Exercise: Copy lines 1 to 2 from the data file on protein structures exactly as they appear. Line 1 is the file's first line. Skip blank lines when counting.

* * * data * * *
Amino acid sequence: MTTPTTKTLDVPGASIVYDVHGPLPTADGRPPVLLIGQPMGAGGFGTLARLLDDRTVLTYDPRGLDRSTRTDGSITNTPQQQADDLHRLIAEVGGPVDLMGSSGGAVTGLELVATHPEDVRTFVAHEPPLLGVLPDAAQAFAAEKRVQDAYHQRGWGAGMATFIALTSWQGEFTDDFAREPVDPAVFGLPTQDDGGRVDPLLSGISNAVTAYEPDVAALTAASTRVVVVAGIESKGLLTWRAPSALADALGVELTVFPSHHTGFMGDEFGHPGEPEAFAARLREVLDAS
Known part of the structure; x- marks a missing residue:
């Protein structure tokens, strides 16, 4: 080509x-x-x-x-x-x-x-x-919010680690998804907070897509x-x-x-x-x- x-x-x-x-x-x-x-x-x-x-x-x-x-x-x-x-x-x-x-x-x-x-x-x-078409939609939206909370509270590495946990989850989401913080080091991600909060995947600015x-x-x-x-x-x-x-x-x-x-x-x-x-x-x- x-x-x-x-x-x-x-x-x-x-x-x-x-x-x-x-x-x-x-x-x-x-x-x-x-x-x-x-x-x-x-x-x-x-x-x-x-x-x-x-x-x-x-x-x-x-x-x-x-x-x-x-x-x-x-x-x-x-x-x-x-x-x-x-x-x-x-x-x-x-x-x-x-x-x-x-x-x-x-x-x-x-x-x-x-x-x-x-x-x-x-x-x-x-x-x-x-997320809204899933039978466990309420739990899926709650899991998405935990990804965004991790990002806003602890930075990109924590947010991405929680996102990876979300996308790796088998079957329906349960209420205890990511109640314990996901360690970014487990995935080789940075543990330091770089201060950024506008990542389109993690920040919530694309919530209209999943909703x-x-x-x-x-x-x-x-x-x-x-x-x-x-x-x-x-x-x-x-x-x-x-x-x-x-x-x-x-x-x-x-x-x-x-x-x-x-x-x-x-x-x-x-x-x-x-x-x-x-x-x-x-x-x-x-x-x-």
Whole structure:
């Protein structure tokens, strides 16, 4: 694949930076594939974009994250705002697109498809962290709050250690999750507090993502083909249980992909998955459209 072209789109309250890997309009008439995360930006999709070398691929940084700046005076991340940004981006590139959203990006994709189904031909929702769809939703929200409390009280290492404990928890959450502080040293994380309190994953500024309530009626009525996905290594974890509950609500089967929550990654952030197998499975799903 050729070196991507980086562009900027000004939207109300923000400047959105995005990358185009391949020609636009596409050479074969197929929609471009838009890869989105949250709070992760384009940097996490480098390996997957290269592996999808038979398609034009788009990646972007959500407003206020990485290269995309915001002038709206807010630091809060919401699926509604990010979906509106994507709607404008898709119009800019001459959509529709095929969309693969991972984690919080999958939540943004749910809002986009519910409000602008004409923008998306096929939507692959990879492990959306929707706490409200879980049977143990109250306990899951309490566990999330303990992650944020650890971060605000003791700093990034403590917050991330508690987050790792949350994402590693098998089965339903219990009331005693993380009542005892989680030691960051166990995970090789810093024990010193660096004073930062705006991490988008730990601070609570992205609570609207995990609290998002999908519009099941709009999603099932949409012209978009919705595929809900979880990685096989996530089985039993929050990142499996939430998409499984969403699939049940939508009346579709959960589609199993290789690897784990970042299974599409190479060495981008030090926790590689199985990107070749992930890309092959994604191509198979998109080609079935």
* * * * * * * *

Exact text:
Amino acid sequence: MTTPTTKTLDVPGASIVYDVHGPLPTADGRPPVLLIGQPMGAGGFGTLARLLDDRTVLTYDPRGLDRSTRTDGSITNTPQQQADDLHRLIAEVGGPVDLMGSSGGAVTGLELVATHPEDVRTFVAHEPPLLGVLPDAAQAFAAEKRVQDAYHQRGWGAGMATFIALTSWQGEFTDDFAREPVDPAVFGLPTQDDGGRVDPLLSGISNAVTAYEPDVAALTAASTRVVVVAGIESKGLLTWRAPSALADALGVELTVFPSHHTGFMGDEFGHPGEPEAFAARLREVLDAS
Known part of the structure; x- marks a missing residue: